Ann Coulter

Consequently, by 1996, roughly half a million deportable criminal aliens were happily residing in the United States, committing new crimes and having illegitimate children -- whom the criminals would then cite as "family" to avoid deportation. Just a few years ago, a California congressman stated that "in Los Angeles County, more than half of incarcerated illegal aliens are rearrested within one year."

At the rate the INS was deporting criminal aliens, it would have taken 23 years to deport all the criminal aliens living in the United States -- assuming no immigrant ever committed another felony. (Sometimes you have to dig a little deeper than reading the ACLU's press release to get the all facts.)

What the 1996 law did was reduce the copious "review" for orders of deportation entered against convicted criminals. The criminal conviction itself was still subject to every pointless, dilatory tactic permitted felons who are U.S. citizens. But the order of deportation could no longer be gamed to avoid deportation without end.

The AP insanely claimed that the "legal question basically boils down to this: Do immigrants living in the United States legally but without citizenship have the same rights in federal courts as U.S. citizens?" Um, actually, we don't need the Supreme Court to answer that. You just need to think about it for two seconds to realize -- the answer is no. Immigrants can be deported. Citizens -- even extremely undesirable citizens like reporters -- can't be.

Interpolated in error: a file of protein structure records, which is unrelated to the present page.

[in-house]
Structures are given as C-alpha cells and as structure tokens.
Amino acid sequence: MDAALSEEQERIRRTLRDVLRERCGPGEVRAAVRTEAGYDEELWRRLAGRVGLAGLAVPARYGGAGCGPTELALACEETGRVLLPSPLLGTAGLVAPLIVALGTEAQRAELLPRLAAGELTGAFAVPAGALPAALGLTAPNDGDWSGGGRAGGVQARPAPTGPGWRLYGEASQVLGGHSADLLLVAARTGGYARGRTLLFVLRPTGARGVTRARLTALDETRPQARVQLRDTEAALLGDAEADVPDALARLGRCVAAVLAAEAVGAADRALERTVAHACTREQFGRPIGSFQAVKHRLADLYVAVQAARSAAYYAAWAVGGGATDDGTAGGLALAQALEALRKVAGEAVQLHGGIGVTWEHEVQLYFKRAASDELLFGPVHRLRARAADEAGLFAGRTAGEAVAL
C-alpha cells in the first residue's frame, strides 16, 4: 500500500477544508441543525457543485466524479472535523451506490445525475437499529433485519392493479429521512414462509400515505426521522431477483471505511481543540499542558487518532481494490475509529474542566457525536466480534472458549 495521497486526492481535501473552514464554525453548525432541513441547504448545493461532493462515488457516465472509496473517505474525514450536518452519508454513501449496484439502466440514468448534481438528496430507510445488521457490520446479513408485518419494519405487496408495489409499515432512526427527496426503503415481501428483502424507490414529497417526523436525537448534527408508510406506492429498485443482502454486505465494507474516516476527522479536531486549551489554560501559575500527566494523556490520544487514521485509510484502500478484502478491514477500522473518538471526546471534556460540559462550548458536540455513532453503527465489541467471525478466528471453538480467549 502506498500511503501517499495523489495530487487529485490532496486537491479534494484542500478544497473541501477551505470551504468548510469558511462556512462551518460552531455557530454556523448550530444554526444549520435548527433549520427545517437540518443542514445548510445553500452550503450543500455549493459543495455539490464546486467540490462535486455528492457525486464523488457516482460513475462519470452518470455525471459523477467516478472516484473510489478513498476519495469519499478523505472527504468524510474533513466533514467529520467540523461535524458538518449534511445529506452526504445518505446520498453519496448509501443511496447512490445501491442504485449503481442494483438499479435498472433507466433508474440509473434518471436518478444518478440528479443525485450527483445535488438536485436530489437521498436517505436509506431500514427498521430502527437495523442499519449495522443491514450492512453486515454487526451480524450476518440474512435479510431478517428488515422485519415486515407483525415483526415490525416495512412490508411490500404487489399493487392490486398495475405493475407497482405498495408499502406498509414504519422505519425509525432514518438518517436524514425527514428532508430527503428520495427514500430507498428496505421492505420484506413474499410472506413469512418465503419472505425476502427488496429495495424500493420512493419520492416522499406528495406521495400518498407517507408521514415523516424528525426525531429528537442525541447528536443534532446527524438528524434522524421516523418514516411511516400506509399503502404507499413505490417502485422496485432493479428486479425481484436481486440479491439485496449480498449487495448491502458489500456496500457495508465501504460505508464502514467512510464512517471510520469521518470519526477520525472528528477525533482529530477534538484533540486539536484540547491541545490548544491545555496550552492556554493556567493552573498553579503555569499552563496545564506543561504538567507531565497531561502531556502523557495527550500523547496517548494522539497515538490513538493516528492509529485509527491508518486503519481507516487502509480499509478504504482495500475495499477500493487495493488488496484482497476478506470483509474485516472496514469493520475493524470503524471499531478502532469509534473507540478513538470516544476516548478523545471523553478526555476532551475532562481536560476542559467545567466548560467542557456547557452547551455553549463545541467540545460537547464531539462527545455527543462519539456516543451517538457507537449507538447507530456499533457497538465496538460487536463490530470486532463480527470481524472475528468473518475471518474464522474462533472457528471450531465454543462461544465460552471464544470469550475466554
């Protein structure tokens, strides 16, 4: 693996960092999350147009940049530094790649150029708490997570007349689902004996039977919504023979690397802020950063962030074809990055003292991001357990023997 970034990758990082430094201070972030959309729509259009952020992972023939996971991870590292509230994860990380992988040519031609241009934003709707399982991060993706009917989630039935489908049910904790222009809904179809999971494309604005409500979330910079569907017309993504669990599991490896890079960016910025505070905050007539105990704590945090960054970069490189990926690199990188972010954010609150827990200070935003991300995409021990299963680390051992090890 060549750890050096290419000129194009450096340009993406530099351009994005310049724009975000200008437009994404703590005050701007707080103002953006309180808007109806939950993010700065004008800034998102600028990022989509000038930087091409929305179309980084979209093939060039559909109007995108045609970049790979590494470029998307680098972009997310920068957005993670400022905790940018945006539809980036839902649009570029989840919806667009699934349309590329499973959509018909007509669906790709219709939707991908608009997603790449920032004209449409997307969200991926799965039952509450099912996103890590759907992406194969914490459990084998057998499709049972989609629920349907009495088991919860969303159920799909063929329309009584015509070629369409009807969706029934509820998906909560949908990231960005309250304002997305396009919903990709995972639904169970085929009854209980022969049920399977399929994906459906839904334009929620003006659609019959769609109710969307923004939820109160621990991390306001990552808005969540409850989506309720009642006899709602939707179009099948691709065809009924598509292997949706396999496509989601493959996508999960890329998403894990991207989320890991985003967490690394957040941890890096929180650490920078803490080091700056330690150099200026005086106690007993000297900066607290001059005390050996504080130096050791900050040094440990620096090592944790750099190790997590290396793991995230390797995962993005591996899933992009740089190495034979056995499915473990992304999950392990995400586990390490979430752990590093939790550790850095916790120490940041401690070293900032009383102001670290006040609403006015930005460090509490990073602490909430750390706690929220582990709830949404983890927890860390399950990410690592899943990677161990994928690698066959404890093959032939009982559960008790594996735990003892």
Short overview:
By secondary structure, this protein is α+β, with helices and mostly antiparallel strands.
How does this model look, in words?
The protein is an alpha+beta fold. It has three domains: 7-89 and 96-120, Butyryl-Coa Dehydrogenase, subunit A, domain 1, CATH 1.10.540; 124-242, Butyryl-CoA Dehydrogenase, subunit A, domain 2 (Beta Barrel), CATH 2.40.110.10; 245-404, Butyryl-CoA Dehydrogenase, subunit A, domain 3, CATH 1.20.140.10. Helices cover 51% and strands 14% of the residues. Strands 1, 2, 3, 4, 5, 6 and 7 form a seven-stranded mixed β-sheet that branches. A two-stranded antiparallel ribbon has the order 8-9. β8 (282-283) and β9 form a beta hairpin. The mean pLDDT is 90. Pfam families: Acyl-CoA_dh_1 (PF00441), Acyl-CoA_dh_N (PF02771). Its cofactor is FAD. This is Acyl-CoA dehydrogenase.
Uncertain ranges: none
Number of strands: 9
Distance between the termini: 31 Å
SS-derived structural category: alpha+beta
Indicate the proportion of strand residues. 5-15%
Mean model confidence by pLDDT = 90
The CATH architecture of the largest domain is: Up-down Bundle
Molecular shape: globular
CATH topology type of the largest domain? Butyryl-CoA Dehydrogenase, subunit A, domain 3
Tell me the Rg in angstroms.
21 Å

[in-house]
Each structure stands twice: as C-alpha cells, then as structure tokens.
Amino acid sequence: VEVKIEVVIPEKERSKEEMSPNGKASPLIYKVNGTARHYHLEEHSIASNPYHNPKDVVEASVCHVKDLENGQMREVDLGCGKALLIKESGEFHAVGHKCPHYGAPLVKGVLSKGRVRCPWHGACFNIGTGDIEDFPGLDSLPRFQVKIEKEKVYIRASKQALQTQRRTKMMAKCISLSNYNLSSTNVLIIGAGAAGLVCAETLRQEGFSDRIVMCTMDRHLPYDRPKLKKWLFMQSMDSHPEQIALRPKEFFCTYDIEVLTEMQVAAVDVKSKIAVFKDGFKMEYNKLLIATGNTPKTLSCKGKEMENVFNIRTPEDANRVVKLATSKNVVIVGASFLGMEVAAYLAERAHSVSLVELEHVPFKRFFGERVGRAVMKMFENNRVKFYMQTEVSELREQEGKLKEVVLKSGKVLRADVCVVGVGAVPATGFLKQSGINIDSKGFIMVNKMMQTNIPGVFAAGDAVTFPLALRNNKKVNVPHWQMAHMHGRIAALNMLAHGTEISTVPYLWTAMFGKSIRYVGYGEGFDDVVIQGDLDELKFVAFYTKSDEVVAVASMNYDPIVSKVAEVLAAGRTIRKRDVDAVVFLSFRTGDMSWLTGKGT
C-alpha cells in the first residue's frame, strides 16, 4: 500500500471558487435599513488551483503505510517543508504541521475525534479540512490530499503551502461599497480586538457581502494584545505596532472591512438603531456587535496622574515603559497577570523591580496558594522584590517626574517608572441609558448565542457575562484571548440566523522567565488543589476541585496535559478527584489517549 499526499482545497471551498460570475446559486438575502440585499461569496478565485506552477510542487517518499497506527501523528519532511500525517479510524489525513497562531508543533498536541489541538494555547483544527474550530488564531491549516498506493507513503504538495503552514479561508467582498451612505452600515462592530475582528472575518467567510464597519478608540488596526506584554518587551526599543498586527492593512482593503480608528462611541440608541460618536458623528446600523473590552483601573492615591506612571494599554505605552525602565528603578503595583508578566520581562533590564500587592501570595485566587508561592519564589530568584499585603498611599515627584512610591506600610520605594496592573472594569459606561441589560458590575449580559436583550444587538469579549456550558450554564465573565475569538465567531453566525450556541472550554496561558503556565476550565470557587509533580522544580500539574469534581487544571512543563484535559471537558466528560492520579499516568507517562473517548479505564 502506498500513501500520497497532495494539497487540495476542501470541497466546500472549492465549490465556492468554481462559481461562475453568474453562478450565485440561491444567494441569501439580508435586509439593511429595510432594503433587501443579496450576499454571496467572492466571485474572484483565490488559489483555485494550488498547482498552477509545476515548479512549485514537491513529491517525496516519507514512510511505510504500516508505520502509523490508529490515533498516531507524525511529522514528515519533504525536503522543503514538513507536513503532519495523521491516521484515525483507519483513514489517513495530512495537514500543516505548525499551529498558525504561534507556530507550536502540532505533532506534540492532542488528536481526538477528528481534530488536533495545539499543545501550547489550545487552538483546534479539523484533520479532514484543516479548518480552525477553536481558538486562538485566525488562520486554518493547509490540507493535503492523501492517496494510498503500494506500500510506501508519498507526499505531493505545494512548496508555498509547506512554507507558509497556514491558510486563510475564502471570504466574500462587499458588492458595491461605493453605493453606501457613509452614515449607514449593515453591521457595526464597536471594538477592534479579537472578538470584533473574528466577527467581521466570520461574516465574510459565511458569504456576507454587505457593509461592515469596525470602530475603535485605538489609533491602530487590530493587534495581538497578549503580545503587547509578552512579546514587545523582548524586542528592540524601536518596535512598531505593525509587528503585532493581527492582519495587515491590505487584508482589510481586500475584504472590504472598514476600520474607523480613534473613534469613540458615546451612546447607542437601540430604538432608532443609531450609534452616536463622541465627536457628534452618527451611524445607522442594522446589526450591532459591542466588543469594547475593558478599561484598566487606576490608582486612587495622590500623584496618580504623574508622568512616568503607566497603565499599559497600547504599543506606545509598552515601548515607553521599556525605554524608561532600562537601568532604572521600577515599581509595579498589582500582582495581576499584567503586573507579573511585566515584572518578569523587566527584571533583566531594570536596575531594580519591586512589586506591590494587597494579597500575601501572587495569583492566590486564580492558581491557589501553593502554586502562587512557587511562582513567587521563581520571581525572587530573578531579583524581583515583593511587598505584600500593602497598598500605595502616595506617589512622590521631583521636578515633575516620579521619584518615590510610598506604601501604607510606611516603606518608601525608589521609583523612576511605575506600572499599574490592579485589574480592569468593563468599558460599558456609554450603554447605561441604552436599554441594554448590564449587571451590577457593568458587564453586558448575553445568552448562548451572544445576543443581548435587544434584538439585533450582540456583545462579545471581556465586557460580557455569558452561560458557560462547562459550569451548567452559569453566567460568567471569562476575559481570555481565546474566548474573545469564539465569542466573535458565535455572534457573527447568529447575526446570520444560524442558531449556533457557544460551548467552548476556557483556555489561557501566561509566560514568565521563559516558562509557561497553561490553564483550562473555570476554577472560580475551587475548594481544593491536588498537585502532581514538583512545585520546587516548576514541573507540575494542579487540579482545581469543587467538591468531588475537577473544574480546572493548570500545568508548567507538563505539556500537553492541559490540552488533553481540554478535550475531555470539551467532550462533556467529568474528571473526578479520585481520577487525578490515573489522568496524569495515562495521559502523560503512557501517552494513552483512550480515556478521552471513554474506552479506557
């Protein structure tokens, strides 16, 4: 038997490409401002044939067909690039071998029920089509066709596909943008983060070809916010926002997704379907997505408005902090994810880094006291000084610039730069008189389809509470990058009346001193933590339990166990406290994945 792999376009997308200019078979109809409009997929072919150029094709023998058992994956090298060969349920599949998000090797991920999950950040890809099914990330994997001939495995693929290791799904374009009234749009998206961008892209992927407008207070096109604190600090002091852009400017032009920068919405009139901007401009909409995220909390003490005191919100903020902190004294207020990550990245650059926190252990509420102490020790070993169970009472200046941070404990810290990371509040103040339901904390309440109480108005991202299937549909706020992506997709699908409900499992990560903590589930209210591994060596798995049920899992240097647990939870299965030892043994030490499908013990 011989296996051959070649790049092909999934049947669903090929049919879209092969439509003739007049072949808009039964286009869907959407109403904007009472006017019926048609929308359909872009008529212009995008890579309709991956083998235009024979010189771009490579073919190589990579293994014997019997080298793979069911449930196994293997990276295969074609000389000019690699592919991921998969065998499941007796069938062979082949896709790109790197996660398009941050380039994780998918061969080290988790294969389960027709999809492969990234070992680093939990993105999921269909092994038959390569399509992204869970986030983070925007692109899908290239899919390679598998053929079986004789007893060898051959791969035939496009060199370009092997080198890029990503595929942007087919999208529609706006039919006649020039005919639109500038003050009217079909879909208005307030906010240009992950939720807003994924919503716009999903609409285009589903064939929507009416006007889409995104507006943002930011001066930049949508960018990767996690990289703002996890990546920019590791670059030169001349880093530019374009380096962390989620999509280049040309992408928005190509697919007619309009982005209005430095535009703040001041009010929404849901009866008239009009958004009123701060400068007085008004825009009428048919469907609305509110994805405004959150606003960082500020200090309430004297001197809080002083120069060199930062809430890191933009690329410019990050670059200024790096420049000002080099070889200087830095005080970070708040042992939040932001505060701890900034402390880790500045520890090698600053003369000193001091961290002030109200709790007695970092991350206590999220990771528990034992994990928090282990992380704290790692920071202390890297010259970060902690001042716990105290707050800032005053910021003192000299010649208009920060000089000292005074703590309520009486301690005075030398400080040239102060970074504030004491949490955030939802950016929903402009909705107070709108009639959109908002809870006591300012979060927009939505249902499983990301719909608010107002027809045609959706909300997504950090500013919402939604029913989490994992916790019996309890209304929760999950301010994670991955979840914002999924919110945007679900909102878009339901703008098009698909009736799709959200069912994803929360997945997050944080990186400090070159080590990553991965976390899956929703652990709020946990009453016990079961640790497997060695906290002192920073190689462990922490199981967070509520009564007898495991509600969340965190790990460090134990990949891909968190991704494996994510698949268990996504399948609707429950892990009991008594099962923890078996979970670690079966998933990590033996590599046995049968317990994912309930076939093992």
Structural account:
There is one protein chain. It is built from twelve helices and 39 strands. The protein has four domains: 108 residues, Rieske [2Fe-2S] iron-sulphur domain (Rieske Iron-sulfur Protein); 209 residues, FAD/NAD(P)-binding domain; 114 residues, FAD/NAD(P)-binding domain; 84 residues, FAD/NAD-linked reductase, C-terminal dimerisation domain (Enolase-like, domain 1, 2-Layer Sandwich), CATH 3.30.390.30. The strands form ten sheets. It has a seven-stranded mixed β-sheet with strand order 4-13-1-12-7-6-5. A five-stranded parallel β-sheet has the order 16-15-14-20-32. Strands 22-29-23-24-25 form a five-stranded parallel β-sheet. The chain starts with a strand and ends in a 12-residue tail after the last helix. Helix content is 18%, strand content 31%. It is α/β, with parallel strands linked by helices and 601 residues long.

The only question before the Supreme Court is whether Congress really meant to limit the number of time-consuming administrative and court hearings that could be demanded by criminal aliens before the INS deports them.

Also straight from the ACLU Web site, the Times and AP recount various sob stories about harmless felons about to be deported under a cruel and heartless law. Typically the criminal offense is described as a "minor drug charge" committed many years ago on a dare.

News stories about criminals of any sort always have to be read like Manhattan real estate ads. If an elevator is not mentioned, it's a fifth-floor walk-up. If the ad does not expressly say "grt vu," the apartment looks onto a brick wall. If it doesn't state "bathtub," there isn't one.

The ACLU's lead plaintiff -- the man the ACLU chose for their test case to challenge the law -- is one Enrico St. Cyr. According to the Times, Enrico "entered the United States legally in 1986 but was convicted of a drug charge early in 1996." You can search the entire Lexis-Nexis archive and you won't get more information than that on Enrico's crime.

In fact, despite his notable accomplishment of having "entered the United States legally," Enrico is a major narcotics trafficker. He was already serving time on one drug trafficking charge when he was sentenced to 10 years on another.

But you'd have to look beyond the ACLU press release to know that.